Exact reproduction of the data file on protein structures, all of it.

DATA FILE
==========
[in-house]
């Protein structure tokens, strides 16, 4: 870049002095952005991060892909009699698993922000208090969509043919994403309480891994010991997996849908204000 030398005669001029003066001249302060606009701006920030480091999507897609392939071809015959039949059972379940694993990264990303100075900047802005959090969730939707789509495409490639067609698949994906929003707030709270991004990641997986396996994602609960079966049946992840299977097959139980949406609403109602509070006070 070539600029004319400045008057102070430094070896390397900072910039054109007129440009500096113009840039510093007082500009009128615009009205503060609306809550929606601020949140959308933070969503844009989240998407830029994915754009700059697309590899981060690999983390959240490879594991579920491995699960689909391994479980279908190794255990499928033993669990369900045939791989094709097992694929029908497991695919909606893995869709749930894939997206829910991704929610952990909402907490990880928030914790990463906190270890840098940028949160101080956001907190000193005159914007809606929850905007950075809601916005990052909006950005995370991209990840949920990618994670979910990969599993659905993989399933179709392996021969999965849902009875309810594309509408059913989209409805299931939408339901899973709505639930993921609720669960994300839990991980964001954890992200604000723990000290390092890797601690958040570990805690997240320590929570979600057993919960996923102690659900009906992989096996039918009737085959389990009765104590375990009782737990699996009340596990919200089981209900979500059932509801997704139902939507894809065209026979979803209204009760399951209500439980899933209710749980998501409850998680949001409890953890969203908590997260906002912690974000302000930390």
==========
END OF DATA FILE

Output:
[in-house]
């Protein structure tokens, strides 16, 4: 870049002095952005991060892909009699698993922000208090969509043919994403309480891994010991997996849908204000 030398005669001029003066001249302060606009701006920030480091999507897609392939071809015959039949059972379940694993990264990303100075900047802005959090969730939707789509495409490639067609698949994906929003707030709270991004990641997986396996994602609960079966049946992840299977097959139980949406609403109602509070006070 070539600029004319400045008057102070430094070896390397900072910039054109007129440009500096113009840039510093007082500009009128615009009205503060609306809550929606601020949140959308933070969503844009989240998407830029994915754009700059697309590899981060690999983390959240490879594991579920491995699960689909391994479980279908190794255990499928033993669990369900045939791989094709097992694929029908497991695919909606893995869709749930894939997206829910991704929610952990909402907490990880928030914790990463906190270890840098940028949160101080956001907190000193005159914007809606929850905007950075809601916005990052909006950005995370991209990840949920990618994670979910990969599993659905993989399933179709392996021969999965849902009875309810594309509408059913989209409805299931939408339901899973709505639930993921609720669960994300839990991980964001954890992200604000723990000290390092890797601690958040570990805690997240320590929570979600057993919960996923102690659900009906992989096996039918009737085959389990009765104590375990009782737990699996009340596990919200089981209900979500059932509801997704139902939507894809065209026979979803209204009760399951209500439980899933209710749980998501409850998680949001409890953890969203908590997260906002912690974000302000930390």